Monday, September 5, 2016

Thoughts on the HI Module

Insurance is important and I know zilch about it. As part of my quest for personal development, I have spent the past 2 weeks studying for the Health Insurance (HI) Module offered by the Singapore College of Insurance (SCI). Why 2 weeks when I could have scheduled the examination at any time? Because I came across another blogger who shared that it could be done within 2 weeks. Well, I passed the module, but I now know I should allow myself additional buffer time when I do attempt the remaining SCI modules in the future.

Hopefully, as I take up more insurance modules, I would be able to reach a point where I am able to advise myself as to what insurance products I would need. Also, I could join the insurance industry in the event my main career and my backup careers fail me. However, I doubt that. Couple the notions of "insurance agent" and an "extreme introvert" and you'll have a person-job mismatch of epic proportions. Still, additional options doesn't hurt.

The following points are what I've learned from the HI module and which I've applied to my personal situation. Your mileage may vary; each person's financial situation is unique.

1). I do not think I need a Disability Income/Income Replacement insurance. As an income investor, I hope that the income stream from my portfolio will, one day, be sufficient to serve as a Disability Income insurance. Furthermore, you may not be able to receive the full benefits of an Disability Income insurance if you have income from other sources/high net worth. Under the coordination of benefits clause, the insurer could reduce the benefits pay-out if you have other sources of unearned income, let's say, dividends from an income portfolio.

In the intervening period (which is, I am at the most vulnerable as the income from my portfolio is pretty underwhelming.

2). I don't think I need a Hospital Cash insurance either. A Hospital Cash insurance pays you for each day you stay in the hospital. I think my income portfolio could also be used to carry this burden.

3). With Medishield Life, I am, to some extent, covered for Class C/B2 wards. If I do want better amenities (Class B1/A wards/private hospitals), I could get an Integrated Shield Plan. There are cases in which individual over-insure themselves with an Integrated Shield Plan and yet opt for a C/B2 ward out of ignorance of their insurance policies. This highlighted to me that I should thoroughly know what I want and insure myself accordingly.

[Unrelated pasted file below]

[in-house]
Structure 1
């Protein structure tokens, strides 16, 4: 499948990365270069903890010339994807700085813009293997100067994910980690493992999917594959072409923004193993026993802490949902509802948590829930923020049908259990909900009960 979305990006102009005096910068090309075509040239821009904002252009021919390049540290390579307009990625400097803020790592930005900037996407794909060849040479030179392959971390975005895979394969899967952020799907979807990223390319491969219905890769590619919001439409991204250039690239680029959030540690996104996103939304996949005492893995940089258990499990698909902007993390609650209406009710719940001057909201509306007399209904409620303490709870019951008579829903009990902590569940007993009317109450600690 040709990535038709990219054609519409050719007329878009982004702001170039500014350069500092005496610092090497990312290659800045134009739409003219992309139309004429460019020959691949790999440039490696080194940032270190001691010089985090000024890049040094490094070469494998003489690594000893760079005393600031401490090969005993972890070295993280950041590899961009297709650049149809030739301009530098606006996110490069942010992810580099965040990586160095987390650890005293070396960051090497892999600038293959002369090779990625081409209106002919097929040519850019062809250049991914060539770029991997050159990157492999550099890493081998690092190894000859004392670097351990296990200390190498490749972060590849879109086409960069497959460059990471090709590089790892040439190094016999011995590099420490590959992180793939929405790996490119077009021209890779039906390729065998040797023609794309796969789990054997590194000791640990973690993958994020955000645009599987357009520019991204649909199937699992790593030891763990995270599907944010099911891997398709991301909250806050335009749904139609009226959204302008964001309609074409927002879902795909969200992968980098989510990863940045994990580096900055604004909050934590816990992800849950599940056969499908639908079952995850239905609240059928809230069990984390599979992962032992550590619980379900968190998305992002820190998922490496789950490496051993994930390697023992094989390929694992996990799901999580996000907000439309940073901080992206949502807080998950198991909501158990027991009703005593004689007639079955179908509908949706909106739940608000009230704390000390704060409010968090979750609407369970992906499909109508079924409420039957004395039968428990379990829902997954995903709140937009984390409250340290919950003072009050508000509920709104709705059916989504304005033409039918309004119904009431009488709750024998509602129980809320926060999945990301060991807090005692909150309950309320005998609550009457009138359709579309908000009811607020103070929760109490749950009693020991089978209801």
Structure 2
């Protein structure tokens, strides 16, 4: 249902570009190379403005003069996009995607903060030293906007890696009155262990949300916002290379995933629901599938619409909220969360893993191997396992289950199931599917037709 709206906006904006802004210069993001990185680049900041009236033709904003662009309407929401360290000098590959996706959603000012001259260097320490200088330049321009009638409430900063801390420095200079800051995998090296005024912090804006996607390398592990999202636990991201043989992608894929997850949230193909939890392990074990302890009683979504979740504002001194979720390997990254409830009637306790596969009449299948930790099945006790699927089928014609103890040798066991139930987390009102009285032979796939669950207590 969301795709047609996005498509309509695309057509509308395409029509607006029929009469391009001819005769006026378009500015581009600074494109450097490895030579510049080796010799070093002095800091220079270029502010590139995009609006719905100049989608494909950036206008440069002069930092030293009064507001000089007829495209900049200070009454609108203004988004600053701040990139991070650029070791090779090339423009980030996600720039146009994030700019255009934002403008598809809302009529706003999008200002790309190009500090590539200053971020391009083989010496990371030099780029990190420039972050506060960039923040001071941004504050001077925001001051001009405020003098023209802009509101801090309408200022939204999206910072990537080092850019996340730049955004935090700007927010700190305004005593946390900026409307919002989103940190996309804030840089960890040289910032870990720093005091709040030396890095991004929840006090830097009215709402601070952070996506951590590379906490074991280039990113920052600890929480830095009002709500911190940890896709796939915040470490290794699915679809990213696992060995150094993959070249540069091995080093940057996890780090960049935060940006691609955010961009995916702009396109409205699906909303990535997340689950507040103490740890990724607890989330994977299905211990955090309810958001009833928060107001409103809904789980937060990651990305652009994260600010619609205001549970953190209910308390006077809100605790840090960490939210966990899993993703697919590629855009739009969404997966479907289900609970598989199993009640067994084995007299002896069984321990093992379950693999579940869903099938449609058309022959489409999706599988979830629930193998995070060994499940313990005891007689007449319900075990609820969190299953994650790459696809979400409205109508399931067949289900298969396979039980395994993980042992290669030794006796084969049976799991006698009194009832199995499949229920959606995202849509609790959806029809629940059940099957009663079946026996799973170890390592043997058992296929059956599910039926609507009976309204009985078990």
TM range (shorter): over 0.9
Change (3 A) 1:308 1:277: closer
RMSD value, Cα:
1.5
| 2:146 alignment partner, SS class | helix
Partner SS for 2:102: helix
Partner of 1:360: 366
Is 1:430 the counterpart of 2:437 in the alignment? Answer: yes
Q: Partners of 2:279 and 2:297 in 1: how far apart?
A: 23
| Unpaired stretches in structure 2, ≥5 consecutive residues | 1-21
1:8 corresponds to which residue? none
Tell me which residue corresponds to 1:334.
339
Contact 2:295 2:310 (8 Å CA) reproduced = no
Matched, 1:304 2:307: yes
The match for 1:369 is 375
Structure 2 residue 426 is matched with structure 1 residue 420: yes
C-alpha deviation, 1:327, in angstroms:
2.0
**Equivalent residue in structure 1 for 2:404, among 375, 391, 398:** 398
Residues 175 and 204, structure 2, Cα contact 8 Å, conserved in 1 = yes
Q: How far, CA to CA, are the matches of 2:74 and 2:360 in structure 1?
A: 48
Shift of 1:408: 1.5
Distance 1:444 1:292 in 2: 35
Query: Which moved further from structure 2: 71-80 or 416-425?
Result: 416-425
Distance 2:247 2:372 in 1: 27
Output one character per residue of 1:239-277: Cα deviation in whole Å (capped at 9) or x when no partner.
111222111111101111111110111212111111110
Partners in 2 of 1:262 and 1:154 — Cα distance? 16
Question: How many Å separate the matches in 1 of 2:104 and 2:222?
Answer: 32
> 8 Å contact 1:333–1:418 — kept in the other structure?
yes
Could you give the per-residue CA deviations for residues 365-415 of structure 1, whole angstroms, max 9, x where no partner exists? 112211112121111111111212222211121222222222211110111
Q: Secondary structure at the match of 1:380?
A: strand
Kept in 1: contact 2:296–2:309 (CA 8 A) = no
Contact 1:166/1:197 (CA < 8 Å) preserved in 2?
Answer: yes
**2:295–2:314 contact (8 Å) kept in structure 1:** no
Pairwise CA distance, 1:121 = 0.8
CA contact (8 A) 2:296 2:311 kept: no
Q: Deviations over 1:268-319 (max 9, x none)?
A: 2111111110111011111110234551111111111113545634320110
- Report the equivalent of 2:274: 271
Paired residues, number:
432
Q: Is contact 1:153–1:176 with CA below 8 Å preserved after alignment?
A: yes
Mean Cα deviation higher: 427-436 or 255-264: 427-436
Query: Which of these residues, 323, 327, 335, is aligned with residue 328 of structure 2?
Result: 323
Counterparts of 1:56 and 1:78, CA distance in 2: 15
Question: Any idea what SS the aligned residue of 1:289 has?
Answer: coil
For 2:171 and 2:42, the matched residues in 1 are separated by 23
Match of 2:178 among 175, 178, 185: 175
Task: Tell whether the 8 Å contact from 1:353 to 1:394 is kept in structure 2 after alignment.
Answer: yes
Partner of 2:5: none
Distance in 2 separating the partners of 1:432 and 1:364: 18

4). While a medical expense insurance will take the full brunt of one's medical needs, an individual still has to fork out some cash to pay for the deductible and co-insurance. An emergency fund would be useful in paying down these out-of-pocket expenses.

Now, time to hit the books again. Onwards for personal development!


  1. Unintelligent Nerd,

    That's a first for me!

    Getting yourself "educated" on insurance before you make a purchase.

    That's taking the concept of DIY insurance to the next level ;)

    1) More cost effective than engaging a fee-based financial adviser.

    2) Its definitely better than getting "free" advice from commission-based insurance agents!

    No one has your best interest than you yourself ;)

    1. Hi SMOL,

      Thanks for visiting!

      But it's not easy. Humans like to hire someone else with the credentials to "do it for them." Then guess what happens next? Commit to a sub-optimal option to the benefit of the insurance agents.

      The loss when I surrendered my endowment plan was painful enough already.... >.<

  2. Hi UN,

    I think it's important to have insurance while you are building up your asset base to go towards self insurance. For disability income, getting covered for a fraction is better than not covered at all. Eventually when our financial assets grow bigger, we can opt out of such insurance.

    Be careful of the income from stocks. They are never guaranteed and that's something in which an insurance plan might provide. Given a choice, would you want a higher non guaranteed income or a low stable income? We don't have to choose either, I choose both lol

    1. Hi LP,

      You make a good point and I agree with you. I want to choose both too! But that will have to wait till my cash inflow is stabilized first. I'm currently unemployed (research jobs in my field is always contractual unless I'm a Masters/PhD holder) and insurers, according to the textbook, are not keen to offer Disability Income insurance to people who have unstable jobs.

      Bo bian for my case. I think I'll prioritize Medical Expense Insurance and either/or term/whole life insurance (I've yet to understand the intrinsics of the debate you guys are having) over Disability Income insurance. From what I read, Disability income insurance appears to have more hoops and hurdles to jump through though.